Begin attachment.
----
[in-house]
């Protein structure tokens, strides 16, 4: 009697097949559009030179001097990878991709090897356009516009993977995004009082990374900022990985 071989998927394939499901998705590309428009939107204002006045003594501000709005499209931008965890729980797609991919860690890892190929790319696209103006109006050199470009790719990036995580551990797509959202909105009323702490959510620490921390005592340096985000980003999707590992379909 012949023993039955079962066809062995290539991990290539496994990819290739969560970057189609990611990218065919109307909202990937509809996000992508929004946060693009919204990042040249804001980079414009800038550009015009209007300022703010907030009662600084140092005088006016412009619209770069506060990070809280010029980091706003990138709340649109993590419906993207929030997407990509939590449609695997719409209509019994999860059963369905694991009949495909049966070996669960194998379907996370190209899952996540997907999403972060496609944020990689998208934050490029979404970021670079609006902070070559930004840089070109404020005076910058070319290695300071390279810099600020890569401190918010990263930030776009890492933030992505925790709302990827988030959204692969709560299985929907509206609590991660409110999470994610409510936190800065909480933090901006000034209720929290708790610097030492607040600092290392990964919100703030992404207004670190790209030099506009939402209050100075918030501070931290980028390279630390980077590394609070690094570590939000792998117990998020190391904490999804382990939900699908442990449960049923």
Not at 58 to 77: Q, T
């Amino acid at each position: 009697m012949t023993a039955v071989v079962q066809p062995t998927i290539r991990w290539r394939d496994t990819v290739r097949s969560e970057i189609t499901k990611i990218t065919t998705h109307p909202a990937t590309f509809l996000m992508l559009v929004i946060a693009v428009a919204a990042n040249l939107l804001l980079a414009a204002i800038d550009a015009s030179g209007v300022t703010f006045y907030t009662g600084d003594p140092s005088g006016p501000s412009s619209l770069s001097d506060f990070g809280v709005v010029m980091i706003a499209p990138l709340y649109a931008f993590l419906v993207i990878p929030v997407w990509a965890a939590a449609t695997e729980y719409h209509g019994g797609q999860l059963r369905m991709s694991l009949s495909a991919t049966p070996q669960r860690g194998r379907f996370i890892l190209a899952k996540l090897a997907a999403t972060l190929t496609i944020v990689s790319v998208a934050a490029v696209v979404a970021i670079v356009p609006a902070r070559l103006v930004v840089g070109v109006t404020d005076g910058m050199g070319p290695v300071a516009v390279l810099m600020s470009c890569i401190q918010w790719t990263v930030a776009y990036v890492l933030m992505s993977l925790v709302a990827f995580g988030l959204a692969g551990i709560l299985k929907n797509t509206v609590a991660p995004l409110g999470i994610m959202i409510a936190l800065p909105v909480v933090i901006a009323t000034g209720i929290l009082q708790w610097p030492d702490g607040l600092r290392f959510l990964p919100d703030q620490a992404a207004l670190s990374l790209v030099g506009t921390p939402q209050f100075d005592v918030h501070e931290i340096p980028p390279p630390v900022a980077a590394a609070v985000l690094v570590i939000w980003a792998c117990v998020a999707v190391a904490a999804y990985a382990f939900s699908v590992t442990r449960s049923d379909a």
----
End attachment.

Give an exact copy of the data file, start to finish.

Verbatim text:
[in-house]
């Protein structure tokens, strides 16, 4: 009697097949559009030179001097990878991709090897356009516009993977995004009082990374900022990985 071989998927394939499901998705590309428009939107204002006045003594501000709005499209931008965890729980797609991919860690890892190929790319696209103006109006050199470009790719990036995580551990797509959202909105009323702490959510620490921390005592340096985000980003999707590992379909 012949023993039955079962066809062995290539991990290539496994990819290739969560970057189609990611990218065919109307909202990937509809996000992508929004946060693009919204990042040249804001980079414009800038550009015009209007300022703010907030009662600084140092005088006016412009619209770069506060990070809280010029980091706003990138709340649109993590419906993207929030997407990509939590449609695997719409209509019994999860059963369905694991009949495909049966070996669960194998379907996370190209899952996540997907999403972060496609944020990689998208934050490029979404970021670079609006902070070559930004840089070109404020005076910058070319290695300071390279810099600020890569401190918010990263930030776009890492933030992505925790709302990827988030959204692969709560299985929907509206609590991660409110999470994610409510936190800065909480933090901006000034209720929290708790610097030492607040600092290392990964919100703030992404207004670190790209030099506009939402209050100075918030501070931290980028390279630390980077590394609070690094570590939000792998117990998020190391904490999804382990939900699908442990449960049923």
Not at 58 to 77: Q, T
């Amino acid at each position: 009697m012949t023993a039955v071989v079962q066809p062995t998927i290539r991990w290539r394939d496994t990819v290739r097949s969560e970057i189609t499901k990611i990218t065919t998705h109307p909202a990937t590309f509809l996000m992508l559009v929004i946060a693009v428009a919204a990042n040249l939107l804001l980079a414009a204002i800038d550009a015009s030179g209007v300022t703010f006045y907030t009662g600084d003594p140092s005088g006016p501000s412009s619209l770069s001097d506060f990070g809280v709005v010029m980091i706003a499209p990138l709340y649109a931008f993590l419906v993207i990878p929030v997407w990509a965890a939590a449609t695997e729980y719409h209509g019994g797609q999860l059963r369905m991709s694991l009949s495909a991919t049966p070996q669960r860690g194998r379907f996370i890892l190209a899952k996540l090897a997907a999403t972060l190929t496609i944020v990689s790319v998208a934050a490029v696209v979404a970021i670079v356009p609006a902070r070559l103006v930004v840089g070109v109006t404020d005076g910058m050199g070319p290695v300071a516009v390279l810099m600020s470009c890569i401190q918010w790719t990263v930030a776009y990036v890492l933030m992505s993977l925790v709302a990827f995580g988030l959204a692969g551990i709560l299985k929907n797509t509206v609590a991660p995004l409110g999470i994610m959202i409510a936190l800065p909105v909480v933090i901006a009323t000034g209720i929290l009082q708790w610097p030492d702490g607040l600092r290392f959510l990964p919100d703030q620490a992404a207004l670190s990374l790209v030099g506009t921390p939402q209050f100075d005592v918030h501070e931290i340096p980028p390279p630390v900022a980077a590394a609070v985000l690094v570590i939000w980003a792998c117990v998020a999707v190391a904490a999804y990985a382990f939900s699908v590992t442990r449960s049923d379909a």